Fourth, the Government have recognised the need for change in the financing of local authorities following the removal of domestic rates and the collapse of the agricultural valuation system and have made provision for a land tax from which the proceeds will accrue to local authorities. Other approaches to see how local revenues might be supplemented and how local authorities might be made more financially self-sufficient are under examination; Fifth, the reform programme will include an examination of the regional level of Government, including the role of the regional development organisations, and the relationship between the various bodies existing at this intermediate level outside the representative system.

There can be no doubt, therefore, about the serious intent of the Government in relation to local government reform and the comprehensive approach which is being adopted in relation to this matter.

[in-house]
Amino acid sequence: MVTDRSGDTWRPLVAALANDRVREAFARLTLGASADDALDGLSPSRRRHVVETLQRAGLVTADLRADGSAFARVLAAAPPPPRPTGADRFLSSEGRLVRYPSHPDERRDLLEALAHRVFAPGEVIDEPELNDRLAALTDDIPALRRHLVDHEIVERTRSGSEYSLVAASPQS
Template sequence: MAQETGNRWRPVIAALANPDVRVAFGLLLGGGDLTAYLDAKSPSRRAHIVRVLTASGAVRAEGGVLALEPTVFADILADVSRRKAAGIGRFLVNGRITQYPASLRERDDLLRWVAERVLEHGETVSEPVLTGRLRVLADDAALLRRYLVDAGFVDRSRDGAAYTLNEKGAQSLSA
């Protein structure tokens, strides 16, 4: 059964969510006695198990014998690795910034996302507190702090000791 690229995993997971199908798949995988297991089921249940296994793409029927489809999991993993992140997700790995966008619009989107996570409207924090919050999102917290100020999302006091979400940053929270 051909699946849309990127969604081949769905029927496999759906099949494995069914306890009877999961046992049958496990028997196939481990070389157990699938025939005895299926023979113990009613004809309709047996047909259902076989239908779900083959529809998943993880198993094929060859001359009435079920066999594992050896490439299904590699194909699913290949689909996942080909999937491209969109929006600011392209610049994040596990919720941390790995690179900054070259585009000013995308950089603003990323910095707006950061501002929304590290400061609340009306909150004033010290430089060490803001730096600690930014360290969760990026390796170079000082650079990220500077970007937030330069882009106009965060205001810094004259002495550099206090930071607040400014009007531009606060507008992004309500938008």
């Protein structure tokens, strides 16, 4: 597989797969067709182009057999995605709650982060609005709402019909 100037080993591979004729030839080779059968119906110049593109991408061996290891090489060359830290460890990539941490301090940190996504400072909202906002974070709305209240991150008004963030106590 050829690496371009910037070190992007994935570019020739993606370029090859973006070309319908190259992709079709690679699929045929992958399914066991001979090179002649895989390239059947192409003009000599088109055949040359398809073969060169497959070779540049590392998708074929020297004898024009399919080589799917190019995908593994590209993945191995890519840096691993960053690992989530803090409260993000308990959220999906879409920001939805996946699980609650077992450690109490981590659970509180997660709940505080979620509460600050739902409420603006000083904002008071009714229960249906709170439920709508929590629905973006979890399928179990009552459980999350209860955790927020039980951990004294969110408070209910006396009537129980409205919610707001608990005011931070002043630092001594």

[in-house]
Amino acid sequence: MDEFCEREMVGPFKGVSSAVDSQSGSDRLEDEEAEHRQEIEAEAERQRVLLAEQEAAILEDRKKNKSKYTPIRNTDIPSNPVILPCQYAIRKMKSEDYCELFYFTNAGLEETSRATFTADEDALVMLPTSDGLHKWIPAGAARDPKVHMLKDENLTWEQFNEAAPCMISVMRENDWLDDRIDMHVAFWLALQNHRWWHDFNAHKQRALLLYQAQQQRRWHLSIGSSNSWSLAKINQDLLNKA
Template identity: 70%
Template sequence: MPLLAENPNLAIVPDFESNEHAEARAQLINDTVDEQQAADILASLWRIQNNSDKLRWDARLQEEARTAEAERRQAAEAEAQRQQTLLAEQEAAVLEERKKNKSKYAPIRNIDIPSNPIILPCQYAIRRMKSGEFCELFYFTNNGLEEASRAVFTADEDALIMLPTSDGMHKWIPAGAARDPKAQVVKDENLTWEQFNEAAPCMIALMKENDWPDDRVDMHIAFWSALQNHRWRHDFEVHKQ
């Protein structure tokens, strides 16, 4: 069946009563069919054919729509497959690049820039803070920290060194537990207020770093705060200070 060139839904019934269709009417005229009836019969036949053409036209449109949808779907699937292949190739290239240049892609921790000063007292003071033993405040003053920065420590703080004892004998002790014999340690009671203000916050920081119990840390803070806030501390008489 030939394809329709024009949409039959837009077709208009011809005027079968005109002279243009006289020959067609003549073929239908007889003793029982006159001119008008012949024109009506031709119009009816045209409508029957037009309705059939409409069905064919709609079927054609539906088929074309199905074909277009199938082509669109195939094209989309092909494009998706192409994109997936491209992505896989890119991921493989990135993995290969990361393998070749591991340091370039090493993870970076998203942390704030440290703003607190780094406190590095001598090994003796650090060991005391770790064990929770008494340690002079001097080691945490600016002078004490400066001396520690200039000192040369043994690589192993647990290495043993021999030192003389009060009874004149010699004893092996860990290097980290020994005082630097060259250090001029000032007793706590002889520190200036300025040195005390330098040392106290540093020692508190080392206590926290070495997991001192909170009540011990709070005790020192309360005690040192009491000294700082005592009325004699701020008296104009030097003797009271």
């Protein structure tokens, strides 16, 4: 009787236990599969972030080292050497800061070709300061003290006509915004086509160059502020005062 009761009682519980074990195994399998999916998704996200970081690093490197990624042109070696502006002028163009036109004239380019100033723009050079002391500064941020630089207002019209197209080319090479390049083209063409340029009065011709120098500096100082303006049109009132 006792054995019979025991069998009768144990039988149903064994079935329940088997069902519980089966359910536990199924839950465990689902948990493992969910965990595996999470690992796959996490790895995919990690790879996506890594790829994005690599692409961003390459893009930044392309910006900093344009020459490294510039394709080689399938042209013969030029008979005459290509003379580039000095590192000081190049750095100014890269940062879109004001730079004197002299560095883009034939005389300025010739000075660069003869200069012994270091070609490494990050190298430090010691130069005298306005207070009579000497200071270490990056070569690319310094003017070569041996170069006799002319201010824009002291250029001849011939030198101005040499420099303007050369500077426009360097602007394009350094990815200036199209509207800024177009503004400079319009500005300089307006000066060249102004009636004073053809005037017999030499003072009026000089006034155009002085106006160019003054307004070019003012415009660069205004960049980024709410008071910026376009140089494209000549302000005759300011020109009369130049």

Having committed themselves to the commission approach to defining the new electoral areas the Government have decided to implement the recommendations. This meant that the cases that might be made — and some have already been made — for modification of recommendations in particular cases cannot be entertained. The Government have accepted the Commission's report. I believe that this is the only realistic approach. If changes were to be entertained everyone could make their own case and the whole purpose and advantage of the commission approach would be lost in a welter of claims and counter claims, and charges of discrimination in responding to such claims. I hope the House will see the sense of this, and will accept it. Electoral areas can, of course, be adjusted at any time in the future. If clear anomalies are established on the ground in the course of the forthcoming elections and there is an agreed view about this at local level, I will certainly be prepared to listen to whatever representations might be made.